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How to determine the bending capacity of the plate roller

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Capacity in a plate roll has been well engineered into the design of the machine and careful considerations must be taken most importantly with material yield strength and thickness.

Rolled plates are most commonly used as cylinders, conical shapes; column wraps (stiffeners), bridge supports, or industrial duct systems.

Guide to Determining the Bending Capacity of a Plate Roller

The metal plate can come in various shapes, sizes, and types. A metal plate is essentially a much larger section of a flat bar and can be cut to virtually any width, length, and/or thickness. The plate rolling machine can bend all types of plates including Aluminum, stainless, and carbon steel.

Plates/sheet metal can be made from several different processes and materials. The most common plate is the “universal mill plate” which is designated as A36 material with a yield point (PSI) of 36,000 minimum.

The plate rolling capacity of the plate bending machine is determined by several factors. In order to determine the plate rolling capacity of bending rolls must first determine the hardest yielding material you will be rolling, the thickness and width of that material, and the smallest diameter to which you will be rolling it to.

Maximum bending thickness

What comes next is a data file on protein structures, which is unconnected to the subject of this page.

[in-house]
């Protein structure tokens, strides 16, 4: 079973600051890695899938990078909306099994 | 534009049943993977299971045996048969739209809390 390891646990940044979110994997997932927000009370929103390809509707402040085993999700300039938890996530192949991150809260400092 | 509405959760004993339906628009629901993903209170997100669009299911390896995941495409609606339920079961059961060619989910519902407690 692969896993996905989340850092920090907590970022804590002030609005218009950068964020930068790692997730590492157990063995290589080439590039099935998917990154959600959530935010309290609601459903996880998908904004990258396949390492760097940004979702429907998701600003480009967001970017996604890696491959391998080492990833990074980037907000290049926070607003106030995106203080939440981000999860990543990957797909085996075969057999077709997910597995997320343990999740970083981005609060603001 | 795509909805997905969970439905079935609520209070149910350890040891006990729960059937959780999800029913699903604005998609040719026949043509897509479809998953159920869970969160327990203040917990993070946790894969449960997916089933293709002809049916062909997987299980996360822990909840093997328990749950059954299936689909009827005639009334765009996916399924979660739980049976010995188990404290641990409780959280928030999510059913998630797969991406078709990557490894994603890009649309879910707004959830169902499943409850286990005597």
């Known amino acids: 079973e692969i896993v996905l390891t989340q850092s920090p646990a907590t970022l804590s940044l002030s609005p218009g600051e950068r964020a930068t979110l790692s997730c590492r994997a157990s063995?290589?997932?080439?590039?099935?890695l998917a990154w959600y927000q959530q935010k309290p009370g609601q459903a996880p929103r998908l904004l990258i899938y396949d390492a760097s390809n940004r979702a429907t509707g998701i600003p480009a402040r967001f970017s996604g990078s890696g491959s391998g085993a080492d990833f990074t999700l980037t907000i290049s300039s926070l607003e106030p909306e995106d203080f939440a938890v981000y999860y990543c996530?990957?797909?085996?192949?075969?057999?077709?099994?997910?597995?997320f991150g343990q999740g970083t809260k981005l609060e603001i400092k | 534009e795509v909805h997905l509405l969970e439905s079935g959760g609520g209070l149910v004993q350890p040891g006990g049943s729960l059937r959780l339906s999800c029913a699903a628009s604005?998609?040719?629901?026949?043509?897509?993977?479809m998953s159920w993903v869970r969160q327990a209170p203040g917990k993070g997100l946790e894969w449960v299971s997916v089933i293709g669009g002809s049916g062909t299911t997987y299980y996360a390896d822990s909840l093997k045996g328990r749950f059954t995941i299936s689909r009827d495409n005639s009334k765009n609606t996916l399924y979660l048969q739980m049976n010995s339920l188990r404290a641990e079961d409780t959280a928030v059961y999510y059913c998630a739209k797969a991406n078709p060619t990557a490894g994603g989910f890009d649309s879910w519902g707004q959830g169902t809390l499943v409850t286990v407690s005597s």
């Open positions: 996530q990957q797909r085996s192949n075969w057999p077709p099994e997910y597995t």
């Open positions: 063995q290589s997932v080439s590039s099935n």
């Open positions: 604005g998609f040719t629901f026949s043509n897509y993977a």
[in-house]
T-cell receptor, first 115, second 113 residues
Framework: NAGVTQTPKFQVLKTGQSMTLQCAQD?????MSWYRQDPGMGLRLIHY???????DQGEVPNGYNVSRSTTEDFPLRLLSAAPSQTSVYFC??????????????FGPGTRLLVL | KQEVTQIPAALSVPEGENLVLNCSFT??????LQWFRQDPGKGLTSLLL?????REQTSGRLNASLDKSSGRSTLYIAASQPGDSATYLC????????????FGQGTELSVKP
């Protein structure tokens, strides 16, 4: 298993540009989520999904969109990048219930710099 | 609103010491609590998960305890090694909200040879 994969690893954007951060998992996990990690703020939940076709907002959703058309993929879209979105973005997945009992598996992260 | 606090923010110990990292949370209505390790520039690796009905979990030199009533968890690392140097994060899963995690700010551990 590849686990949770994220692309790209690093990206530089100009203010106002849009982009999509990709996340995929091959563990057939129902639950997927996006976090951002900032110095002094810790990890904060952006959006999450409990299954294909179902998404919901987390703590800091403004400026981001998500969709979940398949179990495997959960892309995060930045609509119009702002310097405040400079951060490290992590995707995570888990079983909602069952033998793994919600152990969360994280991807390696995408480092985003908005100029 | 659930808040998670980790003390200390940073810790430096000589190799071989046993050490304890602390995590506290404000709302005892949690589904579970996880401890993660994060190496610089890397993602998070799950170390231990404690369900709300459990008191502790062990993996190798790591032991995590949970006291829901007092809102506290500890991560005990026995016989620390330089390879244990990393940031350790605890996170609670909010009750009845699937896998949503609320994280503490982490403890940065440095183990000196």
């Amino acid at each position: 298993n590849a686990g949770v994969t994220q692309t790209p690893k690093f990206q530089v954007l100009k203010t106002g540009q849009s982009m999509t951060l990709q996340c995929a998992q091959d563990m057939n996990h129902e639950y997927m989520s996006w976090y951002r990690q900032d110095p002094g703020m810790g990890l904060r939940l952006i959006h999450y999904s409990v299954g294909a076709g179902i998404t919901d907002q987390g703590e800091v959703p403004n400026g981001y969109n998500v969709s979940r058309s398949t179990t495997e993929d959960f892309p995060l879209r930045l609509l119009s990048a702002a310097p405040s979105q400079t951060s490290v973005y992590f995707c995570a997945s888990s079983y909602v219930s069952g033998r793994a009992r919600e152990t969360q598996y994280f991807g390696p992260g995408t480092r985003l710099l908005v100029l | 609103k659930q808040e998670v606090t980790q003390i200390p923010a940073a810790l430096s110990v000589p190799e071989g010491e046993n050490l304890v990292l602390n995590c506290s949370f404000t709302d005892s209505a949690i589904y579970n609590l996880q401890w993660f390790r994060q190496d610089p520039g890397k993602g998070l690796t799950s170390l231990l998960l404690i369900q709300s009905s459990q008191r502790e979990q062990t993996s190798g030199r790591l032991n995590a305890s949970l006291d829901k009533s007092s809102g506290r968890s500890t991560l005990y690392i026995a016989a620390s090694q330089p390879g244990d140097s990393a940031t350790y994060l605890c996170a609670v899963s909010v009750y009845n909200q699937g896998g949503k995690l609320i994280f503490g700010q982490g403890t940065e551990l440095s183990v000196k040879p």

The thickness that can roll is tied directly to the width of the plate is bending. For example, the largest plate rolling machine can bend up to 10-foot-wide material x 2½” thick A36 grade material. As the plate becomes smaller in width, it can bend thicker material. But to successfully bend on a plate rolling machine the width of the plate needs to be under the maximum capacity of the plate rolling machine.

Minimum bending diameters

Understand that as a certain capacity plate rolling machine grows in plate width capability the bending rolls, by design, grow in diameter. The larger the diameter top roll the less the diametrical bending capacity of the roll itself. So another factor to consider when plate rolling is the diameter the plate is being rolled to. One cannot roll the plate/sheet metal to a diameter that is smaller than the top roll shaft on the bending rolls.
As a rule, the smallest diameter can easily roll material down to 1.5X the upper roll diameter (with smaller diameters achievable in multiple passes).

Consequences of Pushed Over Capacity

Often operators or fabrication shop owners will push their machines over capacity. Although all plate rolling machines are designed for a range of safety above their designated range, eventually it will damage the machine, and in some cases severely.

One of the first and most common issues with used CNC plate rolling machines is bent rolls. When rolls are pushed beyond their limit over a shorter range of their surface they can be easily deformed.
Another common issue when rolls are overstressed at their full capacity is breaking the top roll at the tapered end that fits into the drop end. This area of the top roll is the weakest and can succumb easily to highly overstressed scenarios.